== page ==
Motivational Interviewing (MI) is a ‘style’ or ‘method’ that aims to enhance a person’s motivation to change problematic behaviour by exploring and resolving their ambivalence about change and requires specific clinical training. This resource examines the latest evidence around the use of Motivational Interviewing when working with young people with problematic substance use.
Substance use is common among young people, with a recent survey of Australian secondary school students (aged 12-17 years) finding that 80% had tried alcohol, 14% had tried cannabis and 19% had used inhalants at some time in their lives.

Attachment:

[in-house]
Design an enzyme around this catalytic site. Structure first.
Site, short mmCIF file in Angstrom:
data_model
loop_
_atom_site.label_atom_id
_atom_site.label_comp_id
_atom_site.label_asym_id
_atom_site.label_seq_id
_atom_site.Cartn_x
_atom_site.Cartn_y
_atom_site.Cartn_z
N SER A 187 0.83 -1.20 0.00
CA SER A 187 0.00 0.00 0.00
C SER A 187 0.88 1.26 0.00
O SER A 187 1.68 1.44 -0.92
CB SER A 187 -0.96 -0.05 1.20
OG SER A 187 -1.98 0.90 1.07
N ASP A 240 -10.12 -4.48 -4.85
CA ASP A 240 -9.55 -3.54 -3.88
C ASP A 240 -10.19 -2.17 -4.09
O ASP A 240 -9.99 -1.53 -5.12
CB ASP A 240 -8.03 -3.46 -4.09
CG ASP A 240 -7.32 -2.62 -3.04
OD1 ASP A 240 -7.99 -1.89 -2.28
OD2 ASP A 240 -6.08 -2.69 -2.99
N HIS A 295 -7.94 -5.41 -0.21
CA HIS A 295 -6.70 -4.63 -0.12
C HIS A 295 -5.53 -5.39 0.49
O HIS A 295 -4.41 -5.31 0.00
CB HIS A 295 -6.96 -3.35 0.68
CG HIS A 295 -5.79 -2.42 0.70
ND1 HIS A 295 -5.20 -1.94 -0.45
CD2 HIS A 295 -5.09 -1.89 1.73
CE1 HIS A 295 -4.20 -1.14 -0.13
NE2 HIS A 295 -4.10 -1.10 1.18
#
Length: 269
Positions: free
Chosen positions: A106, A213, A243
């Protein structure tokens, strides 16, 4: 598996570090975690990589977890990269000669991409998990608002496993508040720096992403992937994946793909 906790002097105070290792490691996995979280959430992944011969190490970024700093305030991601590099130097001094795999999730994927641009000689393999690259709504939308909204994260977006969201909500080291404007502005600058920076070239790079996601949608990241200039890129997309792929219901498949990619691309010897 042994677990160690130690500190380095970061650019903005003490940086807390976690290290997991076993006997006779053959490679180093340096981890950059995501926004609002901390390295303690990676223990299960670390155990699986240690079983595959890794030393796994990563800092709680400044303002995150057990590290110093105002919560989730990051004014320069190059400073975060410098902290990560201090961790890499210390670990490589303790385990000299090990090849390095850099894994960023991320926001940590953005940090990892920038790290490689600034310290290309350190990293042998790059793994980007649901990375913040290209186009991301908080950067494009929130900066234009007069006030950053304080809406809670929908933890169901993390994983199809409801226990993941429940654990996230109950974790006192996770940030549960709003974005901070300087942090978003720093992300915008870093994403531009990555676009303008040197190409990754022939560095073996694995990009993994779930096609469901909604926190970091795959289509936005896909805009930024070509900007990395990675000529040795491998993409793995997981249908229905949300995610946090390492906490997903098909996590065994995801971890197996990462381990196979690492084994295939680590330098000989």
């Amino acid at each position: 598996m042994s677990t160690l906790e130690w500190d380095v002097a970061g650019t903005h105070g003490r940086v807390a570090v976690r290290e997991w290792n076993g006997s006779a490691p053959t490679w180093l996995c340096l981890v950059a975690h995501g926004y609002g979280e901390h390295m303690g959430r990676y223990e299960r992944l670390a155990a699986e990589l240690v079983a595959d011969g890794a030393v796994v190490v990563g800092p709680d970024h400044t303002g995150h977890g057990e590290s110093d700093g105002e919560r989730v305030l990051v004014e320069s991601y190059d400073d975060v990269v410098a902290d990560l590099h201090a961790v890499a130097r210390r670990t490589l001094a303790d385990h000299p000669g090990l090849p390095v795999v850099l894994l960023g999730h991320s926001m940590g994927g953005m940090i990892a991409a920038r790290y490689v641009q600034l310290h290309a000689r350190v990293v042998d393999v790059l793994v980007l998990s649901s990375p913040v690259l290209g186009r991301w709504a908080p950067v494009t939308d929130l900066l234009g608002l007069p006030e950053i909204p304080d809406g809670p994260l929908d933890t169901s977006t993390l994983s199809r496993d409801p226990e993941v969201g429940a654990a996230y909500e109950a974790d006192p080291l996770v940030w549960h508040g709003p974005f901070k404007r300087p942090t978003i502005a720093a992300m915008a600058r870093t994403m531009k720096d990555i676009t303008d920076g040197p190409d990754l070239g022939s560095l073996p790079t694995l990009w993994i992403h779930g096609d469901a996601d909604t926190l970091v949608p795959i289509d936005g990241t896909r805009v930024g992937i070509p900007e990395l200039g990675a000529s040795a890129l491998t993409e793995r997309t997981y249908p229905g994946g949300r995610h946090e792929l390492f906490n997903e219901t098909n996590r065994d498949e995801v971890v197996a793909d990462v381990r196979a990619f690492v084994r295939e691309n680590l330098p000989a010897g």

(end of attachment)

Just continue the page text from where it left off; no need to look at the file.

Given the range of negative short- and long-term outcomes associated with substance use in young people, it is important to offer interventions that delay onset, prevent use from becoming regular or problematic and encourage reduction or cessation.
The aim of this piece is to outline and provide a summary of the available evidence for a clinical style – Motivational Interviewing – that may be used to intervene with young people (12-25 years) who present with substance use/misuse that is problematic yet below the level that would constitute the diagnosis of a full-threshold use disorder.